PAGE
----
And soon that toil shall end; Soon shalt thou find a summer home, and rest, And scream among thy fellows; reeds shall bend, Soon, o'er thy sheltered nest.
Well, the speaker is still talking about the waterfowl's intense labor as we begin the sixth stanza, and he's being very alliterative ("soon," "soon," "summer," etc.) about it. (Check out "Sound Check" for more.)
He says that "soon" the waterfowl's "toil shall end," and then he'll go find some awesome summer place, rest up, and hang out with his waterfowl friends.
And then he'll have a nice, "sheltered nest," and the reeds near whatever body of water he chooses will "bend" over his nest. Aw, isn't this just a lovely little picture?
It's also just a wee-bit unnerving because, well, it kind sounds like the whole thing is a metaphor for… death.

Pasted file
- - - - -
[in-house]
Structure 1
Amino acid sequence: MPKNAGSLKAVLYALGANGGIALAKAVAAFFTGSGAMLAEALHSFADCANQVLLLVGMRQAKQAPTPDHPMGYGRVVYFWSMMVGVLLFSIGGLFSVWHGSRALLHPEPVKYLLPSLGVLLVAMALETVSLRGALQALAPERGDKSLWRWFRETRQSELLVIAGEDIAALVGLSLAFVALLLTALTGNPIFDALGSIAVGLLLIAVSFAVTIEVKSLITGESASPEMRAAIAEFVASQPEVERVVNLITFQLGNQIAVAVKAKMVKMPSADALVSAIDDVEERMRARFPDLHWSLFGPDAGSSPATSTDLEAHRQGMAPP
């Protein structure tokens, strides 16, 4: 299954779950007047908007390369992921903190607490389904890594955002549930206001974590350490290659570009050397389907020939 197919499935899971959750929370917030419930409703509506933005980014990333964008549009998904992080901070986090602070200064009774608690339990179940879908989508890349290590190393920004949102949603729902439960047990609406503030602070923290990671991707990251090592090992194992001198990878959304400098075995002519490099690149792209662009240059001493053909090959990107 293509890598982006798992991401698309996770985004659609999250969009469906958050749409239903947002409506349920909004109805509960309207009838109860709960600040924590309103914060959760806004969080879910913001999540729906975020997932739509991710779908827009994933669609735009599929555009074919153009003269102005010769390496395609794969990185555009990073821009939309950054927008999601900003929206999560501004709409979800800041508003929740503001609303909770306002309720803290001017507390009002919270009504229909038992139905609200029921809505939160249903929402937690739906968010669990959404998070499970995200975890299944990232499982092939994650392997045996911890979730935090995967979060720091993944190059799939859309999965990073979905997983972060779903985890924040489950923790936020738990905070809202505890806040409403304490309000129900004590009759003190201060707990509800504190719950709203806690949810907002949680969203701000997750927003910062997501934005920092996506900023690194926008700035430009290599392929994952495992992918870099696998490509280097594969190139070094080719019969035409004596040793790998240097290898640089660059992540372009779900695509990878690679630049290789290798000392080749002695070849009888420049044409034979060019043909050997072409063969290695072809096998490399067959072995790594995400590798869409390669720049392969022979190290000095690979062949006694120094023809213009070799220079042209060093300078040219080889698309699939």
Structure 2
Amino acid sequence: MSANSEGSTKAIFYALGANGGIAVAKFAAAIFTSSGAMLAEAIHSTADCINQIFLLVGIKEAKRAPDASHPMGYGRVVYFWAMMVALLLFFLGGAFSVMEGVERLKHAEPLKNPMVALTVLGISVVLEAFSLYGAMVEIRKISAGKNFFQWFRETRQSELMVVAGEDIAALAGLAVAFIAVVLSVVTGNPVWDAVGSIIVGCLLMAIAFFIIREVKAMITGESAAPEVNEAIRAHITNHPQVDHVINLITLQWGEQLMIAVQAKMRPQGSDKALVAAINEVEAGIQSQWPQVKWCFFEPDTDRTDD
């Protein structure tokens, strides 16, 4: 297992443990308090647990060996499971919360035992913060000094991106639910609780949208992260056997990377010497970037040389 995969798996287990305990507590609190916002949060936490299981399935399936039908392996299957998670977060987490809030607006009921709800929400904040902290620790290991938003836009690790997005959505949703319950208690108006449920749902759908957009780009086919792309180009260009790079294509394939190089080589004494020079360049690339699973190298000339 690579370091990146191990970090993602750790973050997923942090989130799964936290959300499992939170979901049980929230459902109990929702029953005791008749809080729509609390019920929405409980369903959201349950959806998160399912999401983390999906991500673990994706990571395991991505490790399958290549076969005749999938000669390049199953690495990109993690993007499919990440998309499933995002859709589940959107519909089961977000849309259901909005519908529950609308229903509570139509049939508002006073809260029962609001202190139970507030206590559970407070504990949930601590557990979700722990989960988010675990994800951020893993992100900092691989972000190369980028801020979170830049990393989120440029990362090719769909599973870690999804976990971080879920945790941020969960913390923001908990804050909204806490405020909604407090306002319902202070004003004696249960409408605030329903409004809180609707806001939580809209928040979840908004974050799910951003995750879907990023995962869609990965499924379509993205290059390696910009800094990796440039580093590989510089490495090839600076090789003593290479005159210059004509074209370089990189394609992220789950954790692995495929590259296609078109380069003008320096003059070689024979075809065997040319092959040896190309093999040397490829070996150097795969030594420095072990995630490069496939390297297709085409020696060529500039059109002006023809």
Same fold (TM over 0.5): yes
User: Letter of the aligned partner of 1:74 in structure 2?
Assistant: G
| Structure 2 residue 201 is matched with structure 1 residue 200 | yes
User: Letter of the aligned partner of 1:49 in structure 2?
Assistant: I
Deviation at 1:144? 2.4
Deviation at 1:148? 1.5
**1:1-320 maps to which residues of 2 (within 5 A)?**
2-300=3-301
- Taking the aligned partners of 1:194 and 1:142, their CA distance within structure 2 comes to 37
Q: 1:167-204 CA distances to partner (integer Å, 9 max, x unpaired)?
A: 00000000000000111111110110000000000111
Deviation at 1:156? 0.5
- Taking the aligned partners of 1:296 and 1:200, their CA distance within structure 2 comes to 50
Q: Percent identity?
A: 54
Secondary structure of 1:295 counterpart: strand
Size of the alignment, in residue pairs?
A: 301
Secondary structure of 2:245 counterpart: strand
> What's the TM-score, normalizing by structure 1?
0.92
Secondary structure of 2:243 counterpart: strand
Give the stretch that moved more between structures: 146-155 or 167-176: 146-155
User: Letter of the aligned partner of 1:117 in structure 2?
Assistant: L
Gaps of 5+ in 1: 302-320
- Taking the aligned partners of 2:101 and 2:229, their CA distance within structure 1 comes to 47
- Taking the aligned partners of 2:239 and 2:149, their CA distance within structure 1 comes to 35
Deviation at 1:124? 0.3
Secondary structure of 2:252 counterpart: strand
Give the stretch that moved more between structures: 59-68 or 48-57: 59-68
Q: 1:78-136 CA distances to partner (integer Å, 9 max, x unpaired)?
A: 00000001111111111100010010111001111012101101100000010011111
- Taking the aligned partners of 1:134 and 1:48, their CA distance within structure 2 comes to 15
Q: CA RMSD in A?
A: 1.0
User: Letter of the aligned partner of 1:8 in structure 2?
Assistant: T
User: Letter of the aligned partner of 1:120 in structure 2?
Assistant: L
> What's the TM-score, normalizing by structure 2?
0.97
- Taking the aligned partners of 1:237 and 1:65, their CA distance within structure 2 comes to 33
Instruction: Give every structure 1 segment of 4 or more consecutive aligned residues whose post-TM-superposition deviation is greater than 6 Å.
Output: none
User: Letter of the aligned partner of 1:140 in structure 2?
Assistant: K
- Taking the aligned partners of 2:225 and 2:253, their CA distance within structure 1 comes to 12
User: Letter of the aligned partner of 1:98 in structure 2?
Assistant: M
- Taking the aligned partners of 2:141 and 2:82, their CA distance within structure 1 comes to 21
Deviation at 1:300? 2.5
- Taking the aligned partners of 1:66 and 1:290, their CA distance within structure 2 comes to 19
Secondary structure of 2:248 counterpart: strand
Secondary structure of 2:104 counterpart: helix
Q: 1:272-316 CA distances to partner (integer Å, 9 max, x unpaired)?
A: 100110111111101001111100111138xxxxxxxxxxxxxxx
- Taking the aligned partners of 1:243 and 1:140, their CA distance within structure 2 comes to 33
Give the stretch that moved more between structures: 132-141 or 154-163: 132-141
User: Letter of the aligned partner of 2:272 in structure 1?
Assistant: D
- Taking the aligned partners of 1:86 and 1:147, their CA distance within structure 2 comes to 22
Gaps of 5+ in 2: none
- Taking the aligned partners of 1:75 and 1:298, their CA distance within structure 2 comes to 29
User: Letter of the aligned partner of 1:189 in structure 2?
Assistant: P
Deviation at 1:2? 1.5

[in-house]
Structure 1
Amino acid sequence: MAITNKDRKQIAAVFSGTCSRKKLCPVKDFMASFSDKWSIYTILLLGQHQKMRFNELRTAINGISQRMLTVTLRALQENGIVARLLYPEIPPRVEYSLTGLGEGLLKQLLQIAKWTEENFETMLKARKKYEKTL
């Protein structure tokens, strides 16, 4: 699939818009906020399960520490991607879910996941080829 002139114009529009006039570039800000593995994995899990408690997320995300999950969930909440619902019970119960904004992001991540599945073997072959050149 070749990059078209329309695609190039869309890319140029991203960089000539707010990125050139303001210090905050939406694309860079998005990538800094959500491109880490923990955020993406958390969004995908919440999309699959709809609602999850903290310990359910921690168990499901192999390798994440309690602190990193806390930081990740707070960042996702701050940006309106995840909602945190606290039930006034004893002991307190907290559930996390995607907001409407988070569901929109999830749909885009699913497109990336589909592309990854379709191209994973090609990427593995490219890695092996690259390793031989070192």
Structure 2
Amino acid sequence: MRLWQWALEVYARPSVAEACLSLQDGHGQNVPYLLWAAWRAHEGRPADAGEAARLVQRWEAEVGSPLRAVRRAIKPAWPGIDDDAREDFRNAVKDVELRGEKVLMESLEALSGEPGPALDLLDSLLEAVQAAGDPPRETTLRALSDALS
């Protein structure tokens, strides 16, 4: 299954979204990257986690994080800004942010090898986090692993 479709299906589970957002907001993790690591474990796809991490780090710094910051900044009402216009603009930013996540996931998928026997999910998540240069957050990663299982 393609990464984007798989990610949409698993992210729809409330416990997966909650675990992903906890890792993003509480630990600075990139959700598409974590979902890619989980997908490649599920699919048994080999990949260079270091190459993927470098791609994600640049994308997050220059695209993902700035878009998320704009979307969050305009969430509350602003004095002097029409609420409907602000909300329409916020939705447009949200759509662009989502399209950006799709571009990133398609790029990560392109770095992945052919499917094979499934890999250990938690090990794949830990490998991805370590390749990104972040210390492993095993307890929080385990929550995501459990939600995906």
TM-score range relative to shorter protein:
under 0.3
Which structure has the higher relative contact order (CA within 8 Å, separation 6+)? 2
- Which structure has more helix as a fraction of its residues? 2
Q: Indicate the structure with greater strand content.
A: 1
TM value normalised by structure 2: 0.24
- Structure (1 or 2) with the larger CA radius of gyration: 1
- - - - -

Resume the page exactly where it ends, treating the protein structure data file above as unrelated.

Wait—how do cozy nests equal death, you ask?
Well, the speaker has already put death in our heads (remember the "fowler" from the second stanza?). What's more, all this stuff about an end to toil and resting just sounds kind of like an end of life. You can imagine somebody like your grandfather saying something like "after all my tears of toil and labor, I can finally… rest."
At the same time that this all sounds kind of ominous, it's also a little hopeful. The waterfowl will at long last find a sheltered place to kick up his feet (webbed or otherwise). In addition, he will be in the company of all his waterfowl friends.
The speaker then is really driving at two things here. First, he's imagining the waterfowl's return to the land as a kind of death—an end to toil and the pain of the "cold, thin atmosphere," etc.
He's also, on a different level, imagining the waterfowl's return to land as a return to his community. It's a move from the cold solitude and loneliness of the sky, to the warm, friendly environs of the nest. The wanderer, you could say, is returning home. Good times, gang.